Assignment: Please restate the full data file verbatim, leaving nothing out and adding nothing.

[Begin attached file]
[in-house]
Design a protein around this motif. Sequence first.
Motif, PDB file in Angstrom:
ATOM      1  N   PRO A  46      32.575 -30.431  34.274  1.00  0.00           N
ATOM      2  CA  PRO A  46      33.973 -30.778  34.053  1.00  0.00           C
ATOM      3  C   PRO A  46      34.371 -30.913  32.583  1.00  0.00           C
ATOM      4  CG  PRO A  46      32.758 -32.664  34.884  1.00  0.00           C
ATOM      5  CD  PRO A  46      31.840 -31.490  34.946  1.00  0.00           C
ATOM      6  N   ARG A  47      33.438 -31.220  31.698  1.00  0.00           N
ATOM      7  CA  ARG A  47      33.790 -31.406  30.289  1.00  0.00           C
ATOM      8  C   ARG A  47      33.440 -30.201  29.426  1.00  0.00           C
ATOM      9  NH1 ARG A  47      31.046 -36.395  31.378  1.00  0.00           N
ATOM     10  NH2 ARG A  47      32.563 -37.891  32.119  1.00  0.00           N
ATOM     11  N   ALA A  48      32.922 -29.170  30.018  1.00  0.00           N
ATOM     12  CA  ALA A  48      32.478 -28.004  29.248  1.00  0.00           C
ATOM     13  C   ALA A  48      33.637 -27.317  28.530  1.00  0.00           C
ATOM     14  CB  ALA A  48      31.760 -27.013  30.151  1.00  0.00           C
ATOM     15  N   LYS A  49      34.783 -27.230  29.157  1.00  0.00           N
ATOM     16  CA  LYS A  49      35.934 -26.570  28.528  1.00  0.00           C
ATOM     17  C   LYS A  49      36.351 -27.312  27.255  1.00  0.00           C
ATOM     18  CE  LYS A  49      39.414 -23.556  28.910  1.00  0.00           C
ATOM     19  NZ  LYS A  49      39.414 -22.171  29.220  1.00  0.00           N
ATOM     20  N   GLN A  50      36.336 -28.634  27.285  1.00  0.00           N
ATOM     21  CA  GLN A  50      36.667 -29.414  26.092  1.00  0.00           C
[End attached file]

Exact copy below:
[in-house]
Design a protein around this motif. Sequence first.
Motif, PDB file in Angstrom:
ATOM      1  N   PRO A  46      32.575 -30.431  34.274  1.00  0.00           N
ATOM      2  CA  PRO A  46      33.973 -30.778  34.053  1.00  0.00           C
ATOM      3  C   PRO A  46      34.371 -30.913  32.583  1.00  0.00           C
ATOM      4  CG  PRO A  46      32.758 -32.664  34.884  1.00  0.00           C
ATOM      5  CD  PRO A  46      31.840 -31.490  34.946  1.00  0.00           C
ATOM      6  N   ARG A  47      33.438 -31.220  31.698  1.00  0.00           N
ATOM      7  CA  ARG A  47      33.790 -31.406  30.289  1.00  0.00           C
ATOM      8  C   ARG A  47      33.440 -30.201  29.426  1.00  0.00           C
ATOM      9  NH1 ARG A  47      31.046 -36.395  31.378  1.00  0.00           N
ATOM     10  NH2 ARG A  47      32.563 -37.891  32.119  1.00  0.00           N
ATOM     11  N   ALA A  48      32.922 -29.170  30.018  1.00  0.00           N
ATOM     12  CA  ALA A  48      32.478 -28.004  29.248  1.00  0.00           C
ATOM     13  C   ALA A  48      33.637 -27.317  28.530  1.00  0.00           C
ATOM     14  CB  ALA A  48      31.760 -27.013  30.151  1.00  0.00           C
ATOM     15  N   LYS A  49      34.783 -27.230  29.157  1.00  0.00           N
ATOM     16  CA  LYS A  49      35.934 -26.570  28.528  1.00  0.00           C
ATOM     17  C   LYS A  49      36.351 -27.312  27.255  1.00  0.00           C
ATOM     18  CE  LYS A  49      39.414 -23.556  28.910  1.00  0.00           C
ATOM     19  NZ  LYS A  49      39.414 -22.171  29.220  1.00  0.00           N
ATOM     20  N   GLN A  50      36.336 -28.634  27.285  1.00  0.00           N
ATOM     21  CA  GLN A  50      36.667 -29.414  26.092  1.00  0.00           C